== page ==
When former Michigan State and USA Gymnastics doctor Larry Nasser admitted to sexually assaulting ten young gymnasts, he was sentenced to up to 175 years, meaning he’s expected to die in prison.
Since the Nasser scandal broke in 2016, at least 250 women say they were sexually assaulted by Nasser beginning in 1992.
One more victim has come forward: Gymnast Terin Humphrey, who won two silver medals at the 2004 Summer Olympics.
Terin was only 15 years old when she was “treated” by Nasser at a 2002 gymnastics meet in Virginia.
“I had torn both my hips, so my coaches asked Dr. Nasser to see me,” Terin said. “One of my coaches accompanied me, but it didn’t make any difference – Nasser blocked her line of vision to make sure she couldn’t see what was happening. He pulled my briefs up so high that I knew I was exposed – and then he began petting me.”
Terin was caught off guard and jerked away from Nasser, but he continued assaulting her.
“I remember his smile got really wide and he made a sound I’ll never forget when he felt my pubic hair,” she said. “He kept his hand on my vagina and continued rubbing me. Then he digitally penetrated me.”
Terin, her coach, and Nasser were only in the exam room together for 15-20 minutes. Still, it was an “odd” experience that Terin brushed off, thinking that because Nasser was “a USA Gymnastics doctor, he probably had more expertise than my previous massage therapist.”
But as Terin digs up those long-ago memories, her recollections offer insight into the perverted mind of a serial sexual predator.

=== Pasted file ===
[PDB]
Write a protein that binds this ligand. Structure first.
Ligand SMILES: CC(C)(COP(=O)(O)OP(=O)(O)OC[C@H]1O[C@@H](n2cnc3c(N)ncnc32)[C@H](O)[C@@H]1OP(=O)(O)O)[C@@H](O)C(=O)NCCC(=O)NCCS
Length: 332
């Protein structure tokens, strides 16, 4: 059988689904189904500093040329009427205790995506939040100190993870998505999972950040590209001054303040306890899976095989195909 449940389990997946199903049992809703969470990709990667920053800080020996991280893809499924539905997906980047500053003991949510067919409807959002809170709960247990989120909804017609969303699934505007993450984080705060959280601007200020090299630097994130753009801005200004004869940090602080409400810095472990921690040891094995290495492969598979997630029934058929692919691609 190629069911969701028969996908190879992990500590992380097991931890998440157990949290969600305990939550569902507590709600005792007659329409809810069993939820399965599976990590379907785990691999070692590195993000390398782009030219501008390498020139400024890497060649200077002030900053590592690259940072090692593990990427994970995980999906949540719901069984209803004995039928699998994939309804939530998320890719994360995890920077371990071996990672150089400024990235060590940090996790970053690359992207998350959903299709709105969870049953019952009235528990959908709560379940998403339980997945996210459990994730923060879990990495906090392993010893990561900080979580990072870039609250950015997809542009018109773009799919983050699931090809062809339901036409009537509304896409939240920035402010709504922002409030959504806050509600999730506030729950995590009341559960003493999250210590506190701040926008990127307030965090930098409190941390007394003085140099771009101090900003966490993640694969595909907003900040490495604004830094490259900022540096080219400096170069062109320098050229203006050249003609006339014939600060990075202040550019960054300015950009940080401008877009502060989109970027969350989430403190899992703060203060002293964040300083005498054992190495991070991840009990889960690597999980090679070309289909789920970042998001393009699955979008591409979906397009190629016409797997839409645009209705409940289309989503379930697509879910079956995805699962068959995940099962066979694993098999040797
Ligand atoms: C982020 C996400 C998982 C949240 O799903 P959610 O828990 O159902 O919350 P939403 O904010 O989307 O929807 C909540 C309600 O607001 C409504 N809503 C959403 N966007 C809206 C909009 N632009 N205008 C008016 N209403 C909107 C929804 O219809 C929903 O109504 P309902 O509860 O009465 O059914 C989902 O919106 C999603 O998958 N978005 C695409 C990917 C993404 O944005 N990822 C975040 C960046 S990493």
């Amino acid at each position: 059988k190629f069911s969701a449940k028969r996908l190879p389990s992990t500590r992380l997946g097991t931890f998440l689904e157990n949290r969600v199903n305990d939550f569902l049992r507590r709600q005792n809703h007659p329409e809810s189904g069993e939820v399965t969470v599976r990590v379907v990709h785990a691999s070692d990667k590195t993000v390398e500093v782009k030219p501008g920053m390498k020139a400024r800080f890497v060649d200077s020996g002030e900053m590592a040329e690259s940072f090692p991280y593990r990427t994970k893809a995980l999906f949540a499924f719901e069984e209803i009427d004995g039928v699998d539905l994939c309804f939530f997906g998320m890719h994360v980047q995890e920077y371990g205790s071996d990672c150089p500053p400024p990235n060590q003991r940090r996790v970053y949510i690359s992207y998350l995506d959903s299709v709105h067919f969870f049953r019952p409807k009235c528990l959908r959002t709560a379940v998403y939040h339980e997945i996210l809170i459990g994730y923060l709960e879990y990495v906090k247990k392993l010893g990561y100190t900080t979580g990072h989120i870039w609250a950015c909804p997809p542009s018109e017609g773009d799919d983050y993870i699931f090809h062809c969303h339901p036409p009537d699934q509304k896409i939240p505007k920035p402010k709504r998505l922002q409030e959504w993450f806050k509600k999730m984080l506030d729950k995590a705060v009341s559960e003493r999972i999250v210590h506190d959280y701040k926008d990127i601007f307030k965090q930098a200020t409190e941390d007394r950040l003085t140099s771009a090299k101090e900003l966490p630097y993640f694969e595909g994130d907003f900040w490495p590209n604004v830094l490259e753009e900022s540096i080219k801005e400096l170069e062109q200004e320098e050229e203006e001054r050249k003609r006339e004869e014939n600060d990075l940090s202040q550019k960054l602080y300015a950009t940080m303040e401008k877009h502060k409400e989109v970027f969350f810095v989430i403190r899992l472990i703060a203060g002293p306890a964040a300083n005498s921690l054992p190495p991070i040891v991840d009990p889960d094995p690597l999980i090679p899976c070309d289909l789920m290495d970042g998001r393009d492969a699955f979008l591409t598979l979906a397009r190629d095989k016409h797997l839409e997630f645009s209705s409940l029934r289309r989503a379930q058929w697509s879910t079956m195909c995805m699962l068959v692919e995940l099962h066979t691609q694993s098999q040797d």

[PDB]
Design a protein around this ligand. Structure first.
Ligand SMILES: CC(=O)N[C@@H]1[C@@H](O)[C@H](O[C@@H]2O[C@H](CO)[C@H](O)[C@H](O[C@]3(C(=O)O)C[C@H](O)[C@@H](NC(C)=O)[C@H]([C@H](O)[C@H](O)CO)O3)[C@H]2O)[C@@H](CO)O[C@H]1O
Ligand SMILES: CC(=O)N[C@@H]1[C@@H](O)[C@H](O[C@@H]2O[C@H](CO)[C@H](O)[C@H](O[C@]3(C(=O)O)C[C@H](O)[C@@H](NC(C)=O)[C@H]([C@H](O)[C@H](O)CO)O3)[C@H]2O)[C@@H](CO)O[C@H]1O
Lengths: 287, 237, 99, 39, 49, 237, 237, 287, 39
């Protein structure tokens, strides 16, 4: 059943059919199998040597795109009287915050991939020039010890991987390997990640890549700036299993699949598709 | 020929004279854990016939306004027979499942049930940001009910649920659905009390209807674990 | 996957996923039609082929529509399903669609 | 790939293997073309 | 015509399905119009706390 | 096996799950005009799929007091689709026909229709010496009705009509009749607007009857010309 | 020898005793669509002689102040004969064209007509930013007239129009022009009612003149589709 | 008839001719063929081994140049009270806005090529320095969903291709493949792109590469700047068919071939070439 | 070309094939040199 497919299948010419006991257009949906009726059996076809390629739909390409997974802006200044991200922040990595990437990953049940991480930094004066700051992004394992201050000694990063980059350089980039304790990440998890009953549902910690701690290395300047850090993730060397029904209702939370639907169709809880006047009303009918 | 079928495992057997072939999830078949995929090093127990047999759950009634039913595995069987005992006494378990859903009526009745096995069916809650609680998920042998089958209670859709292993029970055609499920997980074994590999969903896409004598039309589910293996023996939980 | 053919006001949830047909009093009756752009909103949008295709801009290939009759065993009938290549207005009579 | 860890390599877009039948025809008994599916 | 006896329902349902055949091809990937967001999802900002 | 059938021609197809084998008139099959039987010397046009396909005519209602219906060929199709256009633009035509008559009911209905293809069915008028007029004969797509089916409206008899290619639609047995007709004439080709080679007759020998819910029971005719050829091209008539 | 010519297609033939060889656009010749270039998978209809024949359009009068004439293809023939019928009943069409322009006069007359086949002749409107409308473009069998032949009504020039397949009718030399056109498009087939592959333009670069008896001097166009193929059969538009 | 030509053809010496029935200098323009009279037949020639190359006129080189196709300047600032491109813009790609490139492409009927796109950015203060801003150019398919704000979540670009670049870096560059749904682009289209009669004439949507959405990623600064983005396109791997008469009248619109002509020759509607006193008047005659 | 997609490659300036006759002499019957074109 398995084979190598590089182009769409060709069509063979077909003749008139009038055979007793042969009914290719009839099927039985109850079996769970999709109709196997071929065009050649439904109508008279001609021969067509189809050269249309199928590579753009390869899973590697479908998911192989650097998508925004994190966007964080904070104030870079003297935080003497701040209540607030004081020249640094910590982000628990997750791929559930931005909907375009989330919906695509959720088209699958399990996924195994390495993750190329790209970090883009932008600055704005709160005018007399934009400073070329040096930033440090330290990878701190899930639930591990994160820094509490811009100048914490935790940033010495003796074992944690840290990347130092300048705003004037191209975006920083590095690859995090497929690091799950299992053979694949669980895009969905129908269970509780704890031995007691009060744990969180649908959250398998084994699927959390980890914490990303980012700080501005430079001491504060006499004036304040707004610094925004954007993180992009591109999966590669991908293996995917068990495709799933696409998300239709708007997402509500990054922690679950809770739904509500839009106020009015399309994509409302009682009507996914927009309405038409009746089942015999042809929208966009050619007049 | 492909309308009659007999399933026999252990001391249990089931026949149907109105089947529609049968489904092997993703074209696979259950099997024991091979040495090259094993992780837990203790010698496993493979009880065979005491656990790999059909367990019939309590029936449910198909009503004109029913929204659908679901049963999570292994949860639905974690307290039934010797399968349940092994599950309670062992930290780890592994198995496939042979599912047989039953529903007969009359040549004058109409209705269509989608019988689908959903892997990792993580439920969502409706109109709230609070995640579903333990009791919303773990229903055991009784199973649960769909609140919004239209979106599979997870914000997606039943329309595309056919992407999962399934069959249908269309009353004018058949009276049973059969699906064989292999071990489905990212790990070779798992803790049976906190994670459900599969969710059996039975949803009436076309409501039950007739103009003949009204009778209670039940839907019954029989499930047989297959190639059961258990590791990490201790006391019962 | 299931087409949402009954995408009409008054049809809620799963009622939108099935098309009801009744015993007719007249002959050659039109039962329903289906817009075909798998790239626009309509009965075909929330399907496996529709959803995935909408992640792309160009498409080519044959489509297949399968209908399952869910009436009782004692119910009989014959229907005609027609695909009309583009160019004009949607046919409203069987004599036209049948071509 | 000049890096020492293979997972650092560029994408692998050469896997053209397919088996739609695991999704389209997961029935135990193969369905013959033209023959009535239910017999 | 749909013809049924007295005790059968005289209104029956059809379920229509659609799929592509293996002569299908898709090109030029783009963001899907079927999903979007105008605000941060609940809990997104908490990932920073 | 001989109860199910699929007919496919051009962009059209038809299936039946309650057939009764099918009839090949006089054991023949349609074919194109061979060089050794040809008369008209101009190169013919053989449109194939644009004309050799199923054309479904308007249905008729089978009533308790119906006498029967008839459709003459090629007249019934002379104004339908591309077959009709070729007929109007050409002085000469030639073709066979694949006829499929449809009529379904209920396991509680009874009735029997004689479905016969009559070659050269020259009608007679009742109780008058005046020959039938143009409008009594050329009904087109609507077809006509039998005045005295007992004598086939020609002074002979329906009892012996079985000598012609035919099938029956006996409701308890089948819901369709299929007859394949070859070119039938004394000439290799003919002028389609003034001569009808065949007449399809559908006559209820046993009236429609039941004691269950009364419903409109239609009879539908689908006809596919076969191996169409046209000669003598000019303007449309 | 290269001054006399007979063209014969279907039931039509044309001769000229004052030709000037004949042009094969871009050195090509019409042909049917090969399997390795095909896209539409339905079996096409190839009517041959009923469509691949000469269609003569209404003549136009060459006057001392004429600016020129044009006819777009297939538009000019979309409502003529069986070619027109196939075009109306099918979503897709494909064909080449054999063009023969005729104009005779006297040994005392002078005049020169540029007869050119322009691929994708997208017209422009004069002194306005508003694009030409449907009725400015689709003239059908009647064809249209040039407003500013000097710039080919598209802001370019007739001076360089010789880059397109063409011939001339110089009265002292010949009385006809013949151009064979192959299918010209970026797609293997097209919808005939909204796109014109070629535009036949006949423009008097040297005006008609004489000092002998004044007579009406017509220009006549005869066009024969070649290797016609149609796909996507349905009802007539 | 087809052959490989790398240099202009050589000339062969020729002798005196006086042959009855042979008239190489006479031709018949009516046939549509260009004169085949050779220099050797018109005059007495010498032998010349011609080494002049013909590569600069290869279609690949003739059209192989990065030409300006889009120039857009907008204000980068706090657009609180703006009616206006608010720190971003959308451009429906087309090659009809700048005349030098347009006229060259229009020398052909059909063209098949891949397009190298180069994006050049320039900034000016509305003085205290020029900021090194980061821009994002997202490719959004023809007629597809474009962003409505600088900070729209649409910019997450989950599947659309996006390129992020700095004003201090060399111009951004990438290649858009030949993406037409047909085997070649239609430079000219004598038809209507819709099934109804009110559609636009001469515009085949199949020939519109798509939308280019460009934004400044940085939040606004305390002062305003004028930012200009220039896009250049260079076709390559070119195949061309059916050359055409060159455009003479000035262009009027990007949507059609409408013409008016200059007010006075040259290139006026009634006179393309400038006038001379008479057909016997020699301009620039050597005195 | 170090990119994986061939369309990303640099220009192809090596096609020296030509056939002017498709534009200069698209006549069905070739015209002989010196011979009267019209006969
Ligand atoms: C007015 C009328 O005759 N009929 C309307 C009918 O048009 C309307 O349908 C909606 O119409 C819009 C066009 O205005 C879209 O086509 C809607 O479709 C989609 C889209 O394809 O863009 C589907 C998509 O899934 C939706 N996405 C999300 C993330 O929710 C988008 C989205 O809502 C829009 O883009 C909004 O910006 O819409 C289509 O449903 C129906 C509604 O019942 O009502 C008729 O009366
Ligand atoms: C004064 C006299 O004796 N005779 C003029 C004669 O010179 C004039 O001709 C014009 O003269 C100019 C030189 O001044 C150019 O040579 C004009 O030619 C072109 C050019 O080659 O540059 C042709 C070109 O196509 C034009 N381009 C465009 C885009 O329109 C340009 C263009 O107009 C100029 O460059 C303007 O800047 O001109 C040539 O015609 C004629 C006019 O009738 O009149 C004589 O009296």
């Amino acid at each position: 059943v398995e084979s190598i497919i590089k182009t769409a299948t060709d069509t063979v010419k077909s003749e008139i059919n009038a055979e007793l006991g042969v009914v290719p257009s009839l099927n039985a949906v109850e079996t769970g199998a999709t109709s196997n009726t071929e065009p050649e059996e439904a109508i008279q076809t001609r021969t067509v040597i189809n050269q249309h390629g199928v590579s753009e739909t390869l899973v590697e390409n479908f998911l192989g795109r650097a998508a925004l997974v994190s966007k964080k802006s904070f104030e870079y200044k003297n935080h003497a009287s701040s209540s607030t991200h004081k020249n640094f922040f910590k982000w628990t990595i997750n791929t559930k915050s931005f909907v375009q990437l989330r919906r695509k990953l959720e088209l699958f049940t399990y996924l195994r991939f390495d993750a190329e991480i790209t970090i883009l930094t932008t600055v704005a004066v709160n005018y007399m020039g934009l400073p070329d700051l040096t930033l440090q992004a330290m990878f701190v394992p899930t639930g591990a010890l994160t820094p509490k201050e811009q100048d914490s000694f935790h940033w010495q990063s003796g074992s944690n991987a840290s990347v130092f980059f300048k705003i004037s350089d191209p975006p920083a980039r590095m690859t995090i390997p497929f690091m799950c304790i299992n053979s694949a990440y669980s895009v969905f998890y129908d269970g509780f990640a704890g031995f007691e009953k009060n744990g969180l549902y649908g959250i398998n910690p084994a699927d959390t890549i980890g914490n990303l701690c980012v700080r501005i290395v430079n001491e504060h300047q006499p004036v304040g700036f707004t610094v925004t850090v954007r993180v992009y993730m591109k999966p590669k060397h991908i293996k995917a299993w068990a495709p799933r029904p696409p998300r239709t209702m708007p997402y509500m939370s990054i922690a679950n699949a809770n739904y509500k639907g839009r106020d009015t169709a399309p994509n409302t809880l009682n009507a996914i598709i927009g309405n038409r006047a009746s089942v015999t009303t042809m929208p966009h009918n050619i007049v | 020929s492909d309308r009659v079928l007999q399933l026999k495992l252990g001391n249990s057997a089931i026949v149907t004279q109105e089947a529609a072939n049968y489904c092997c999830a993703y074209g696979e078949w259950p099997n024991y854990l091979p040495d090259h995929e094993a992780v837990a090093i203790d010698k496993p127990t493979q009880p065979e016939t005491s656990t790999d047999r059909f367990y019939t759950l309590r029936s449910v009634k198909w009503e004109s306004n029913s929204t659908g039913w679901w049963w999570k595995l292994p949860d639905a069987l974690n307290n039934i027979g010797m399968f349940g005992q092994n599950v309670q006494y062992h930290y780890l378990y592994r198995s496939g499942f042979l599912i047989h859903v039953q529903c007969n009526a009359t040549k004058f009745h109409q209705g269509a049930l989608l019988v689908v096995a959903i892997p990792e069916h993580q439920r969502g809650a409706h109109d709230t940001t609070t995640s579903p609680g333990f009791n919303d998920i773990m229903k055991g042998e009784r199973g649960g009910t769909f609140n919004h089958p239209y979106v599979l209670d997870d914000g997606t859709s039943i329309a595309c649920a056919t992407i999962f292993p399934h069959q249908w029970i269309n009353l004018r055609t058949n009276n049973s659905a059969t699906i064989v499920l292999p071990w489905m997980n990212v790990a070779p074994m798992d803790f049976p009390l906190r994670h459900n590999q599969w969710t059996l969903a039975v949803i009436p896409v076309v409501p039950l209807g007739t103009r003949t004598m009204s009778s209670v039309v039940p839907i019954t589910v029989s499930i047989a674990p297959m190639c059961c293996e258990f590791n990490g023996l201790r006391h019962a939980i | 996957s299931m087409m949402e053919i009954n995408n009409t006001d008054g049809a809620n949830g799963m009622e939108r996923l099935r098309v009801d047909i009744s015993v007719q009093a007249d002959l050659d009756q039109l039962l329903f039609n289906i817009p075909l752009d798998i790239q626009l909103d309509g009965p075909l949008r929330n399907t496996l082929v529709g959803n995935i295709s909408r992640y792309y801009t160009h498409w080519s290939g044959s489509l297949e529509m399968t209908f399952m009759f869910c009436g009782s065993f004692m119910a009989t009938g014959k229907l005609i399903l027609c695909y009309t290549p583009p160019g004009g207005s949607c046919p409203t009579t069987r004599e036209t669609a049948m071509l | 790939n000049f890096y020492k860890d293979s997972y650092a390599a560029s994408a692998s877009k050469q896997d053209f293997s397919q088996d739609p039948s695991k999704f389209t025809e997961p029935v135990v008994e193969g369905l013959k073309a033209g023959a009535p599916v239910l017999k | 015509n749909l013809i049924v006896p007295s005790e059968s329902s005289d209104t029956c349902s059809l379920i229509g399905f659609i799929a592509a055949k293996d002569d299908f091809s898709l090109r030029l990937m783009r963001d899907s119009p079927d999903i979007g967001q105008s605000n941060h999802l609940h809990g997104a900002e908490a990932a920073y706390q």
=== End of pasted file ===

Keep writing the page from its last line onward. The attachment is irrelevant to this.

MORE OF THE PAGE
“He explained pubic this and pubic that,” she said. “I had no idea what he meant, but he seemed to know what he was talking about. I remember walking back to practice and not feeling any change in my hips. I also remember the feeling of his hands on me.”
The next day, Terin’s coaches asked her if her hips still hurt, and when she replied, “Yes” they trundled her off to see Nasser again.
“The same thing happened again, although I do remember him stretching me a little during the second visit. The next time my coaches asked if I was still in pain, I lied and said, ‘No’ because I didn’t want to go back to him,” Terin said.
At some point, Terin asked her teammates their opinion of Dr. Nasser, all of whom thought he was “wonderful.”
“That made me think I was being overly-sensitive, so I convinced myself it never happened and attempted to forget about it,” she said.
Terin’s “heart sank” when news of Nasser’s crimes broke, but it was another four years before she realized that she had been sexually abused.
“It took me years to acknowledge my abuse, so I’m certain there are other victims who have yet to come forward. When they do come forward, hopefully, the class action lawsuit we’ve filed will give them a voice, too,” she said.
Terin found her voice after becoming pregnant in 2019.
“I had the worst pregnancy ever,” Terin told the Southern California News Group. “The more I went to the doctors, the more I was having issues … I felt like my puzzle pieces were coming together, and I just remember when I had my pelvic exams, I remember seeing Larry.”
In July 2020, Terin was diagnosed with PTSD by Dr. Steven Elig, who said, “Late disclosure is not uncommon in sex abuse victims.”
He also said, “Worry about her unborn child, difficulties with doctors’ pelvic exams, delivery, touching her genitals (served as) reminders of her abuse (which) flowered once she found out she was pregnant. She presents as the real thing.”
Terin was also diagnosed with severe depression and is seeing a therapist twice weekly.
She feels guilty about putting her daughter, born in January 2020, through such a stressful pregnancy and is working hard now to be a good mom.
“I don’t want what happened to me to happen to my daughter,” she concluded.